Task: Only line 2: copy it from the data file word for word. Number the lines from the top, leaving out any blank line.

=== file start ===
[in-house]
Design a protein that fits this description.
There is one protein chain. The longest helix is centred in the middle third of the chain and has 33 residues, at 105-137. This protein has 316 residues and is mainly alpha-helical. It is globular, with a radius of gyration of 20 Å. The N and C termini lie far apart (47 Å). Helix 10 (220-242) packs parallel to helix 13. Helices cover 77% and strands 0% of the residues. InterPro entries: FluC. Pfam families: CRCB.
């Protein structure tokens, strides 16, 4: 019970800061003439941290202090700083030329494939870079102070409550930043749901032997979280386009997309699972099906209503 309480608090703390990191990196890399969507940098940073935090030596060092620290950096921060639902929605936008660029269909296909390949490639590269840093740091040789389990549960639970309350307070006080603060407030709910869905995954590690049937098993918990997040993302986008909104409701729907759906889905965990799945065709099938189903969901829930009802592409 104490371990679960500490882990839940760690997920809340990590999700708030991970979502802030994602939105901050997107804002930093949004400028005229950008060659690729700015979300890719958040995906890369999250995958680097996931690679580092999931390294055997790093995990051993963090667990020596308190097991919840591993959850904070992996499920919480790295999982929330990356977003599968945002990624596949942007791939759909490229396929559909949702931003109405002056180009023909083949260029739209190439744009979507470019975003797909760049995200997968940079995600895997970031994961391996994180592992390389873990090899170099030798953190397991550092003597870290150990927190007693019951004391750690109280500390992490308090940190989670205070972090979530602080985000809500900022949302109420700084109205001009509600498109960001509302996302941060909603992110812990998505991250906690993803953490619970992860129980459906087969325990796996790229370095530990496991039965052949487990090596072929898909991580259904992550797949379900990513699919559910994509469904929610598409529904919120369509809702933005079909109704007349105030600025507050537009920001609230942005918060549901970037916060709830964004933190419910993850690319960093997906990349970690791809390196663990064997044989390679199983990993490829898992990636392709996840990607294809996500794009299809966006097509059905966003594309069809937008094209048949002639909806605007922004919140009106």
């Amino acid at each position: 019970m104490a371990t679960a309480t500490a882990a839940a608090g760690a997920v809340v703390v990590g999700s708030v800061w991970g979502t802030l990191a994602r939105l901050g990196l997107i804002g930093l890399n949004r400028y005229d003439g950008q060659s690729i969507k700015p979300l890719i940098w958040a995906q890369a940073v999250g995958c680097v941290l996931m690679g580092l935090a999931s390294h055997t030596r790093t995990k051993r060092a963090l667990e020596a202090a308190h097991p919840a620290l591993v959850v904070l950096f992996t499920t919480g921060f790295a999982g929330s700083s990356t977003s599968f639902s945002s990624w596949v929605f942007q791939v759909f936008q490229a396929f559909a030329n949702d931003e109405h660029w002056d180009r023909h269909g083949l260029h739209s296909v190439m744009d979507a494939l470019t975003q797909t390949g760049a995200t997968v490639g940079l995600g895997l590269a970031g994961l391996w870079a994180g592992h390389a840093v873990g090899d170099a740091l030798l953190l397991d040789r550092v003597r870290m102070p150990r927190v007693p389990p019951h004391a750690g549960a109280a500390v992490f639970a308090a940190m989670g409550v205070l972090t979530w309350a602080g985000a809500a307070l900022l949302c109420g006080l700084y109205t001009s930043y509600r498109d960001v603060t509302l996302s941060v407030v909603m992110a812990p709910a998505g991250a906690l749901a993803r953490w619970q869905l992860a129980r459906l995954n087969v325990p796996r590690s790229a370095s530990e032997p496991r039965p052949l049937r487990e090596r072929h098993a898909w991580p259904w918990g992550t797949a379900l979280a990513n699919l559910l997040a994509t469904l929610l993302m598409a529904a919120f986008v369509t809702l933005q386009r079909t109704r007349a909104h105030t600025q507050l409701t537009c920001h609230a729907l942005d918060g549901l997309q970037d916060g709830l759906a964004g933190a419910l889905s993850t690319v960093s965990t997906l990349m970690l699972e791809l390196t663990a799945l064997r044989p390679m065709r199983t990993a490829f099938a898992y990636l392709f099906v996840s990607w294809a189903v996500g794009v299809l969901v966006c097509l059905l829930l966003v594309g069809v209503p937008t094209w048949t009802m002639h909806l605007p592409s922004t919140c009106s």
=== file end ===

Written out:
Design a protein that fits this description.